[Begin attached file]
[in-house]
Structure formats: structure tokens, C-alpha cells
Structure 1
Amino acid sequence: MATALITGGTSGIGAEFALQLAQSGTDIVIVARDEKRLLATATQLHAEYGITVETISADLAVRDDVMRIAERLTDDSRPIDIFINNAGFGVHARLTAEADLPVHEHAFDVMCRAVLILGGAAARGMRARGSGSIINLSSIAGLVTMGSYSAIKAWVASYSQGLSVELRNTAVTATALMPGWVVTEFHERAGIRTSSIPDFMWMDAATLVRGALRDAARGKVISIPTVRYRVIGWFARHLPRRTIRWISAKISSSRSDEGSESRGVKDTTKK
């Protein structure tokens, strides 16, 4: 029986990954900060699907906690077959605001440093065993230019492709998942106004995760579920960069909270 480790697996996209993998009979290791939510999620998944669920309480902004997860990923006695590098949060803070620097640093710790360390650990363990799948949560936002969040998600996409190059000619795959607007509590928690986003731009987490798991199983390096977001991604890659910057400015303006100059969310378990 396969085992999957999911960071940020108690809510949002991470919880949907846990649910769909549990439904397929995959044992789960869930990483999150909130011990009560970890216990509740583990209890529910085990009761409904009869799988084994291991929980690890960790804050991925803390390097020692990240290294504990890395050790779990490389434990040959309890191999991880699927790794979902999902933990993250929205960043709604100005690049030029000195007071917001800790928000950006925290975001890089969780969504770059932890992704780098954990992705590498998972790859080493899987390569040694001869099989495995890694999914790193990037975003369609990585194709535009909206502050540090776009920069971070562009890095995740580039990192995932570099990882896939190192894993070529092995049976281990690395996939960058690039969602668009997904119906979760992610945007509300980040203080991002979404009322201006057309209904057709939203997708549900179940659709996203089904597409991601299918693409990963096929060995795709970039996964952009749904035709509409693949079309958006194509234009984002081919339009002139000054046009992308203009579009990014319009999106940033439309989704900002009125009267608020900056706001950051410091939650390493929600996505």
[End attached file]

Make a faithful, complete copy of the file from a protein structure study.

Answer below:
[in-house]
Structure formats: structure tokens, C-alpha cells
Structure 1
Amino acid sequence: MATALITGGTSGIGAEFALQLAQSGTDIVIVARDEKRLLATATQLHAEYGITVETISADLAVRDDVMRIAERLTDDSRPIDIFINNAGFGVHARLTAEADLPVHEHAFDVMCRAVLILGGAAARGMRARGSGSIINLSSIAGLVTMGSYSAIKAWVASYSQGLSVELRNTAVTATALMPGWVVTEFHERAGIRTSSIPDFMWMDAATLVRGALRDAARGKVISIPTVRYRVIGWFARHLPRRTIRWISAKISSSRSDEGSESRGVKDTTKK
């Protein structure tokens, strides 16, 4: 029986990954900060699907906690077959605001440093065993230019492709998942106004995760579920960069909270 480790697996996209993998009979290791939510999620998944669920309480902004997860990923006695590098949060803070620097640093710790360390650990363990799948949560936002969040998600996409190059000619795959607007509590928690986003731009987490798991199983390096977001991604890659910057400015303006100059969310378990 396969085992999957999911960071940020108690809510949002991470919880949907846990649910769909549990439904397929995959044992789960869930990483999150909130011990009560970890216990509740583990209890529910085990009761409904009869799988084994291991929980690890960790804050991925803390390097020692990240290294504990890395050790779990490389434990040959309890191999991880699927790794979902999902933990993250929205960043709604100005690049030029000195007071917001800790928000950006925290975001890089969780969504770059932890992704780098954990992705590498998972790859080493899987390569040694001869099989495995890694999914790193990037975003369609990585194709535009909206502050540090776009920069971070562009890095995740580039990192995932570099990882896939190192894993070529092995049976281990690395996939960058690039969602668009997904119906979760992610945007509300980040203080991002979404009322201006057309209904057709939203997708549900179940659709996203089904597409991601299918693409990963096929060995795709970039996964952009749904035709509409693949079309958006194509234009984002081919339009002139000054046009992308203009579009990014319009999106940033439309989704900002009125009267608020900056706001950051410091939650390493929600996505």